Optimal Duration of Dual Antiplatelet Therapy After DES: 12 Months, But More Data Coming

December 23, 2009

December 23, 2009 (La Jolla, California) — A review paper published in the December 2009 issue of the Journal of the American College of Cardiology: Cardiovascular Interventions tackles the issue of the optimal duration of dual antiplatelet therapy following drug-eluting stent (DES) implantation, and while the authors are reluctant to prescribe a one-size-fits-all approach, the currently recommended 12 months of therapy is the right option, they say [1].

"While there aren't any randomized trials to specifically identify the optimal duration, consensus statements and the guidelines recommend at least 12 months of therapy," Dr Dominick Angiolillo (University of Florida College of Medicine, Jacksonville), an author of the viewpoint, told heartwire . "This is based on safety concerns that have emerged following implantation with drug-eluting stents. However, there is some evidence from registry data that suggests perhaps less than 12 months, maybe six months, might be sufficient therapy and is associated with a benefit, particularly with a reduction in stent thrombosis."

Angiolillo stressed that while the clinical trials are lacking, more data are coming, with numerous ongoing studies addressing different durations of dual antiplatelet therapy. In the meantime, "the take-home message is that we need to comply with the guidelines; whether we agree or disagree with them, they're there for a reason, and that's what I do in my practice," he added.

Treating Stent Thrombosis vs Recurrent Ischemic Events

In their review, the authors, including lead author Dr David Kandzari (Scripps Clinic, La Jolla, CA), review the evidence examining the relationship between dual antiplatelet therapy and stent thrombosis, noting that the strongest predictor of stent thrombosis is stopping thienopyridine therapy within six months of stent implantation. Observational studies have also shown that extending dual antiplatelet therapy from six to 12 months was not associated with reductions in late or very late stent thrombosis.

"One of the issues today, from my standpoint, is the question of what to do at one year," said Angiolillo. "Different physicians have different positions. I personally believe in the importance of dual antiplatelet therapy and that continuing dual antiplatelet therapy in special high-risk patients is beneficial, not necessarily for reducing stent thrombosis, but for preventing recurrent ischemic events. We know, for example, from the CHARISMA trial, although it was an overall negative study, if you take the patients with documented vascular disease, and even more so for those with a prior MI, the benefits of dual antiplatelet therapy were extended out to three years."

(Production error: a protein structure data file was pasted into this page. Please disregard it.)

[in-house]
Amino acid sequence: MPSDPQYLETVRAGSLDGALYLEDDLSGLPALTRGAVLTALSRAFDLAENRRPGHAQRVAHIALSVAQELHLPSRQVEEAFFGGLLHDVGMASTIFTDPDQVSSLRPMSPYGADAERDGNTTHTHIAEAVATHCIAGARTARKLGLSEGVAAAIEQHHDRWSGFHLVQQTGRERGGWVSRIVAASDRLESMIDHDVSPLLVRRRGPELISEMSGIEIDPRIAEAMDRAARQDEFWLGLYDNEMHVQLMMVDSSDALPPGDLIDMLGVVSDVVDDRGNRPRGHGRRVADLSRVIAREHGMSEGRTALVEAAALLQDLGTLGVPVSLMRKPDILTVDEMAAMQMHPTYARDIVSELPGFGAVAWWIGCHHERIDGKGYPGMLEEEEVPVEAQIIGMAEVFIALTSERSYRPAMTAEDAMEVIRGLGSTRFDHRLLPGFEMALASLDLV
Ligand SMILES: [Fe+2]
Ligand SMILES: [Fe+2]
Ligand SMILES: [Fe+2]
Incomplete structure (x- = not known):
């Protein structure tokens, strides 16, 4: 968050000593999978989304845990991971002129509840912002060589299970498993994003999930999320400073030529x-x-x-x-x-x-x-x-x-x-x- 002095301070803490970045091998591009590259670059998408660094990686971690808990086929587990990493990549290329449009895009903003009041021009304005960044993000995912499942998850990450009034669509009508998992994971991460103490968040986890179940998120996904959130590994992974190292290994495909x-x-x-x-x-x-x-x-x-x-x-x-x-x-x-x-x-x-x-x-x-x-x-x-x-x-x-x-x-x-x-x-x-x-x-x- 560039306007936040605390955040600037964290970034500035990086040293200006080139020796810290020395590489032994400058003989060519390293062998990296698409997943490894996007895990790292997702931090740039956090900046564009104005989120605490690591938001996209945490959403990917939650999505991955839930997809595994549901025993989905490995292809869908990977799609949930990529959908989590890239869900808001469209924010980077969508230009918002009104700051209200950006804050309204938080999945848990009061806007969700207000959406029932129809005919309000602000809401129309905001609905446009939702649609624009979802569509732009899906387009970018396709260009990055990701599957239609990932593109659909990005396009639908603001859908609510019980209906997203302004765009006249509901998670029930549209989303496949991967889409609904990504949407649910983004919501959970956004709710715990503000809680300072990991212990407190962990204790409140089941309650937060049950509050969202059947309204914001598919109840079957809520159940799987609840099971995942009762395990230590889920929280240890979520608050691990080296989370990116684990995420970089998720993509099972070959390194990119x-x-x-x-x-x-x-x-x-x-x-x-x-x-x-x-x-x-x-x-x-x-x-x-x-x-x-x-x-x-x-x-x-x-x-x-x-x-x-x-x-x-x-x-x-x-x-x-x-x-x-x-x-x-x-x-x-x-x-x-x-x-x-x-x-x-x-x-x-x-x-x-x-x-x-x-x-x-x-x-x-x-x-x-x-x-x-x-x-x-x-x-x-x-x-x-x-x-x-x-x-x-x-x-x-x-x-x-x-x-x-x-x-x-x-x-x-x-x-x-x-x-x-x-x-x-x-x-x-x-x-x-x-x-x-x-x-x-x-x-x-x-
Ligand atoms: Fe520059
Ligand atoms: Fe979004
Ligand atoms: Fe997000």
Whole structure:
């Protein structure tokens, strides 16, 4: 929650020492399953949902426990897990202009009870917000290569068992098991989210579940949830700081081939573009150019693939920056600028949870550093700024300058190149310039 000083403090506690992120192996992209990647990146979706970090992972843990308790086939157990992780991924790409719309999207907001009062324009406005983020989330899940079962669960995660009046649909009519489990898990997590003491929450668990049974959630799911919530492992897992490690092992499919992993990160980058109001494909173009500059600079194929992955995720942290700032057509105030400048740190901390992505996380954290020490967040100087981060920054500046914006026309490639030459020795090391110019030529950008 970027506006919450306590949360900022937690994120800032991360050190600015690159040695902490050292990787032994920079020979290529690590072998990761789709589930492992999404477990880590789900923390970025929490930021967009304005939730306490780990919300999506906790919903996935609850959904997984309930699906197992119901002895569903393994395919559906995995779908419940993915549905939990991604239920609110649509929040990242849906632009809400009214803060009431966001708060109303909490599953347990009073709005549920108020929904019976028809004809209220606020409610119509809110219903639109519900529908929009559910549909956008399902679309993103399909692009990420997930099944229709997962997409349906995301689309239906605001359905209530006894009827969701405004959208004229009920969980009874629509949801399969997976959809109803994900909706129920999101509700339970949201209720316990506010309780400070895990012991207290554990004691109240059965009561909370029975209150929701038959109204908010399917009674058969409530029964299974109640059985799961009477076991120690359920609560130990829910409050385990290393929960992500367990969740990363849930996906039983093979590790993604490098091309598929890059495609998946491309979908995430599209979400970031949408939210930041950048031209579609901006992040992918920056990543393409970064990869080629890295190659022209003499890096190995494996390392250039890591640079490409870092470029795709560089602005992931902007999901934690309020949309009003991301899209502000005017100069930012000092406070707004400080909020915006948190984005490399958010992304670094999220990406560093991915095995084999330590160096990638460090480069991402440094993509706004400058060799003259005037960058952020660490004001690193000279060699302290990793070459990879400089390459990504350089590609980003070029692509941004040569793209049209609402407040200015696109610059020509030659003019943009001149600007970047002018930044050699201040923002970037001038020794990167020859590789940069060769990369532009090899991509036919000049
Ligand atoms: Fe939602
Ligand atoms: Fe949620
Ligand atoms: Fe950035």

Angiolillo said he is in favor of prolonging dual antiplatelet therapy beyond 12 months in patients with acute coronary syndromes, patients with diabetes, and those who continue to have recurrent acute coronary syndromes on aspirin alone.

Overall, however, the authors conclude: "The rationale for a lifetime commitment to dual antiplatelet therapy uniformly in patients undergoing drug-eluting stent implantation is unsubstantiated." The bleeding and economic costs might outweigh the potential reduction in stent thrombosis, they suggest, and if treatment extends beyond 12 months, clinicians should realize they are treating systemic disease rather than issues related to the stent implantation.

Big Studies Coming Soon

In addition to these issues, Kandzari and Angiolillo, along with Drs Matthew Price and Paul Teirstein (Scripps Clinic, La Jolla, CA), highlight research that examines permanent discontinuation of dual therapy vs brief interruptions, those typically related to surgery. They also discuss the current issues related to ongoing clinical trials, noting that there are limitations as to how much information each study can provide. For example, there are variations in the durations of dual antiplatelet therapy tested, as well as different thienopyridine agents and drug-eluting stents studied. As a result, the impact of any single trial on clinical decision making will be varied.

The largest of the studies is the Dual Antiplatelet Therapy (DAPT) study, a 20 000-patient, $100-million, multisponsor randomized clinical trial testing optimal duration of dual antiplatelet therapy following stent implantation. As reported previously by heartwire , DAPT is comparing 12 vs 30 months of dual antiplatelet therapy among 15 000 patients who have been treated with a drug-eluting stent, powered to assess the primary end points of differences in stent-thrombosis rates and major adverse cardiovascular and cerebrovascular events (MACCE). The primary safety end point for DAPT is major bleeding. An additional 5000 patients treated with bare-metal stents will also be enrolled.

The ISAR-SAFE study, a 6000-patient study, is testing dual antiplatelet durations of six months vs 12 months in patients treated with a drug-eluting stent. The primary end point is death, MI, stroke, and TIMI major bleeding at 15 months.